1. Define the problem. Use DHIA or on-farm records, bulk tank somatic cell count (SCC) records, bulk tank cultures and individual cow cultures to try to determine which cows are infected and when they are getting infected.
2. Identify the troublemakers.
Use bulk tank and individual cow cultures to determine what organisms are causing elevated SCC or clinical cases. Different organisms require different solutions.
3. Generate possible causes and solutions.
Based on the information you gathered in steps 1 and 2, work with your diagnostics team to generate a list of possible causes and consider possible solutions. If there are multiple causes, you will need to use a multiple-pronged approach. Decide on the most likely causes and the best solutions.
4. Develop an action plan.
Work with your team to develop an action plan based on step 3. Determine how the preferred solutions will be implemented, who will be responsible for the implementation and who will need to be trained.
5. Set up a plan to monitor progress.
One of the most important components of any plan is to set up monitors to show whether your plan is working. The use of multiple monitors is often best since no monitor is perfect. Some possible monitors include:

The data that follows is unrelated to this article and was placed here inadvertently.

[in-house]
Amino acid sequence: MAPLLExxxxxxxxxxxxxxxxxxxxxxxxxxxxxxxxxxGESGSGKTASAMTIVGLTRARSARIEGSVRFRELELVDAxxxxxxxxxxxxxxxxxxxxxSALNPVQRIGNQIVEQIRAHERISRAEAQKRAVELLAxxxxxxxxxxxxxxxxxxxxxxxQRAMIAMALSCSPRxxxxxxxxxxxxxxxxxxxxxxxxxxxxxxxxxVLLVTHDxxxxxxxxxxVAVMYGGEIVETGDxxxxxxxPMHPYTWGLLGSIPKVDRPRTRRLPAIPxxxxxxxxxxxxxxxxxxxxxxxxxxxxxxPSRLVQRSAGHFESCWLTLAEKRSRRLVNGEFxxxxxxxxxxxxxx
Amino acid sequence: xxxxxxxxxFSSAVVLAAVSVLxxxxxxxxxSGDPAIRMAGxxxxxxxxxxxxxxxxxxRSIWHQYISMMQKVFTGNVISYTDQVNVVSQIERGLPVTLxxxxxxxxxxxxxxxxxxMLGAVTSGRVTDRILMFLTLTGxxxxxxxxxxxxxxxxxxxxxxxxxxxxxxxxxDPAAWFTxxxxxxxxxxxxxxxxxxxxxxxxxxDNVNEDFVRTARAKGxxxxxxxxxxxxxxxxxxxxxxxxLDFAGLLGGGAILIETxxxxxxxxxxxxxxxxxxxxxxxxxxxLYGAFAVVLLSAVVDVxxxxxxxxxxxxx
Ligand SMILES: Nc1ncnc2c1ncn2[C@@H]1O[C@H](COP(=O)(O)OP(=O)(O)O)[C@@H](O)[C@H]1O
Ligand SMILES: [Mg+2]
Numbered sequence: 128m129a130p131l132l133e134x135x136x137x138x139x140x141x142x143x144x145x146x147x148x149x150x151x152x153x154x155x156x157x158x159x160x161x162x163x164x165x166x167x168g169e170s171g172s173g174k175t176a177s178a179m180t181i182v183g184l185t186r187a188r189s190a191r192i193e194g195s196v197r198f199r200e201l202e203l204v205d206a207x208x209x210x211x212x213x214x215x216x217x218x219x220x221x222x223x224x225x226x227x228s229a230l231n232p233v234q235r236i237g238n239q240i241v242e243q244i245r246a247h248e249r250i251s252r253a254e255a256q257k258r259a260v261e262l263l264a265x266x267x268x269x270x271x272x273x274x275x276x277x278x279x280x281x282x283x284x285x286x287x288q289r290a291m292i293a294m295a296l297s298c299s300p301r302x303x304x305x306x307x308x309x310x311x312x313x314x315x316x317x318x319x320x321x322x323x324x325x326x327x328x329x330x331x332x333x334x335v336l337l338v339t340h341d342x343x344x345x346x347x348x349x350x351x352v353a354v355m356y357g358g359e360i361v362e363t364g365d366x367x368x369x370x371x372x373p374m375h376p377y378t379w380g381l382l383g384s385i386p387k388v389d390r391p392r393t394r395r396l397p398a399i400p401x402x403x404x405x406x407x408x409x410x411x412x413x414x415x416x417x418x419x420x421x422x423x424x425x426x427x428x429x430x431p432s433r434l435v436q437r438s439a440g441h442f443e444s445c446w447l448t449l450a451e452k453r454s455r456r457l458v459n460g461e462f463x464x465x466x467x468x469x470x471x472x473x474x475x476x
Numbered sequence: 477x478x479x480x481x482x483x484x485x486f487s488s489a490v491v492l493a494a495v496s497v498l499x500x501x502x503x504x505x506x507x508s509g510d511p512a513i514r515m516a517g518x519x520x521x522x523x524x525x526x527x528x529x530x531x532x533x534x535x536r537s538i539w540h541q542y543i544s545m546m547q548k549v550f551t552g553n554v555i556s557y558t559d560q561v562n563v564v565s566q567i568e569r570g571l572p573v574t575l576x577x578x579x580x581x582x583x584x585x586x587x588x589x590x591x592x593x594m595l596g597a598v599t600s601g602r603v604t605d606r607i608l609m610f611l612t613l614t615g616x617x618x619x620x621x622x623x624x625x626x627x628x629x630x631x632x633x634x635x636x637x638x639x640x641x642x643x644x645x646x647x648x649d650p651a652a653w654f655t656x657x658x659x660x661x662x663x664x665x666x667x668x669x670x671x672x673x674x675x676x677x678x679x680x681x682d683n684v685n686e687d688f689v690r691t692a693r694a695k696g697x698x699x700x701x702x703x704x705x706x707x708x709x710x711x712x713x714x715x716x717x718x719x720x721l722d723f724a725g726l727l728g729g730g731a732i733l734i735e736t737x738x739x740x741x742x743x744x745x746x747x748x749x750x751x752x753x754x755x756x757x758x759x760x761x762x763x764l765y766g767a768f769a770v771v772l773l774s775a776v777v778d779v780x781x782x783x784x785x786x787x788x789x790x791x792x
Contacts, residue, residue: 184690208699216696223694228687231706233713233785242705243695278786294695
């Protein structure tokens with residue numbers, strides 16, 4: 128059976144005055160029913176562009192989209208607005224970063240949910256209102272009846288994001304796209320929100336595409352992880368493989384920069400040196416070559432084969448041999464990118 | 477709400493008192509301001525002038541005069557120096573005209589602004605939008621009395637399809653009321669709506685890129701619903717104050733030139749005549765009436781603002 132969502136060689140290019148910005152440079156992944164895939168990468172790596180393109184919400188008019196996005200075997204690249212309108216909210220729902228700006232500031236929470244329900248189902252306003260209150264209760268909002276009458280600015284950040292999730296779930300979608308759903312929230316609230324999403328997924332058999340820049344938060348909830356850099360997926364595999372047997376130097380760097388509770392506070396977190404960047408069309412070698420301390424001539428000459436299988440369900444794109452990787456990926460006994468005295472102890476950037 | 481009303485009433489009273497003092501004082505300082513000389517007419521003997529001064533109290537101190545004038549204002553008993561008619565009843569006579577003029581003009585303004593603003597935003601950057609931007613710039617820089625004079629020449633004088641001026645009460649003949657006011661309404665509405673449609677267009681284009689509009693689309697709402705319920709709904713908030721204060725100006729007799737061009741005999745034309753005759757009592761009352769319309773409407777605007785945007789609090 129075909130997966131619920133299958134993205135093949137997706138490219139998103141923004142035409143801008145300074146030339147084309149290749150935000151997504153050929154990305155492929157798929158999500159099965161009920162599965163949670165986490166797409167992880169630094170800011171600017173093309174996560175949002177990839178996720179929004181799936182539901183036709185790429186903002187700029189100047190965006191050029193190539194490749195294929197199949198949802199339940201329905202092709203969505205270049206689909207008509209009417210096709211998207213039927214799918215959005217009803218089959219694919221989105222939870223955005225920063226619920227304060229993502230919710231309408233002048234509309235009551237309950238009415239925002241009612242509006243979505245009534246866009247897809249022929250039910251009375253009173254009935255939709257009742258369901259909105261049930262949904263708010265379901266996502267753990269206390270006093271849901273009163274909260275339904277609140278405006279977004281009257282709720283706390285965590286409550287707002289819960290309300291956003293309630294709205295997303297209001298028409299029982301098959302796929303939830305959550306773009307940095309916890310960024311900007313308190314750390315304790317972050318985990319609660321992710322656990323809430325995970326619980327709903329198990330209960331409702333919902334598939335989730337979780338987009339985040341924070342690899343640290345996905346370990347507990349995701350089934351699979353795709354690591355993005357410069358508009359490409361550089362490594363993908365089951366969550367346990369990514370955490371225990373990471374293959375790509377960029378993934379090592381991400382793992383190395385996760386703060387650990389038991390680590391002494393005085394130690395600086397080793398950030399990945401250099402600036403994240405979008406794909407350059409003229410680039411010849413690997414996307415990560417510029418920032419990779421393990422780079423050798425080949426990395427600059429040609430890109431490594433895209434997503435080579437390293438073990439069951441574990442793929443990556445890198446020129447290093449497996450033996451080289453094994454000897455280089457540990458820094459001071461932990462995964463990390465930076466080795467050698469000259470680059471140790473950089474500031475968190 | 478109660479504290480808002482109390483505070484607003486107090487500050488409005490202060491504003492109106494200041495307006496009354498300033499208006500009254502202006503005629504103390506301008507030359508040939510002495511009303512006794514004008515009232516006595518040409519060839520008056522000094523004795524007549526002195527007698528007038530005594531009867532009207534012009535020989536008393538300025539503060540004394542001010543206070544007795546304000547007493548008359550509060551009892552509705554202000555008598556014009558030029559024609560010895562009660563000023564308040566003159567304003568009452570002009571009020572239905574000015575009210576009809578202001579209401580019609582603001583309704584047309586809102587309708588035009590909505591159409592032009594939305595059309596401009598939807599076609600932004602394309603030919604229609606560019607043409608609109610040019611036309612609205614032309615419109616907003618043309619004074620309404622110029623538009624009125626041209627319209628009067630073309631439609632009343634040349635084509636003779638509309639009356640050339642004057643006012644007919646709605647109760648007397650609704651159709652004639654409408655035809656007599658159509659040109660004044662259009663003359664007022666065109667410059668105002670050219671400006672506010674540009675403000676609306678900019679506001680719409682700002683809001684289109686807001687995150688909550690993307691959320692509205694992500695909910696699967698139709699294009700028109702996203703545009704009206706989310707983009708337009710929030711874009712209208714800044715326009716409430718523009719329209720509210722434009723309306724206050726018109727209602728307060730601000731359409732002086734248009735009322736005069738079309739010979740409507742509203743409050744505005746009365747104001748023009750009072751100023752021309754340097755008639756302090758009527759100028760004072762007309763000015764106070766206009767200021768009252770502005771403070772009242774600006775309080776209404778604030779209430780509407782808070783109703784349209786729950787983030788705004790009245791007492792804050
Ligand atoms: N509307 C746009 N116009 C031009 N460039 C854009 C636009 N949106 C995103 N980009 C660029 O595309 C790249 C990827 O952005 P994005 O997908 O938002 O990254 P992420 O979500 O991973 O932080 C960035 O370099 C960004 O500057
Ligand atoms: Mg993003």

• bulk tank SCC graph for each milk pick-up
• monthly bulk tank culture for mastitis pathogens
• individual cow DHI SCC
• California Mastitis Test (CMT) of all fresh cows (How many cows are calving infected? Which quarters?)
• culture of all fresh cows with high CMTs (What organisms are causing infection?)
• culture of all new clinical and subclinical infections each month (What organisms are causing infection?)
• new infection rate on all cows (goal less than 5 percent)
• new infection rate on fresh cows (goal less than 10 percent)
• rate of clinical mastitis (goal less than 2 percent per month)
6. Carry out the plan.
Make the changes you and your team decided are appropriate based on facts. Be careful not to tinker with the plan unless there is strong evidence the plan is not working.
7. Monitor progress and adjust plan as needed.
Review the monitors and progress monthly (or more frequently) to determine if the desired progress is being made. If it is, continue on the same course. If not, find out why. Is the problem the plan of action itself or failure to successfully implement the plan? Re-evaluate the action plan and retrain personnel. Continue to fine-tune your plan until you achieve your goals. Progress can be slow depending on the causes of the problem or the plan being implemented. However, if you use a systematic approach, you will make consistent progress toward your goal. PD
References omitted but are available upon request at email@example.com
—Excerpts from Udder Topics Newsletter, February/March, 2006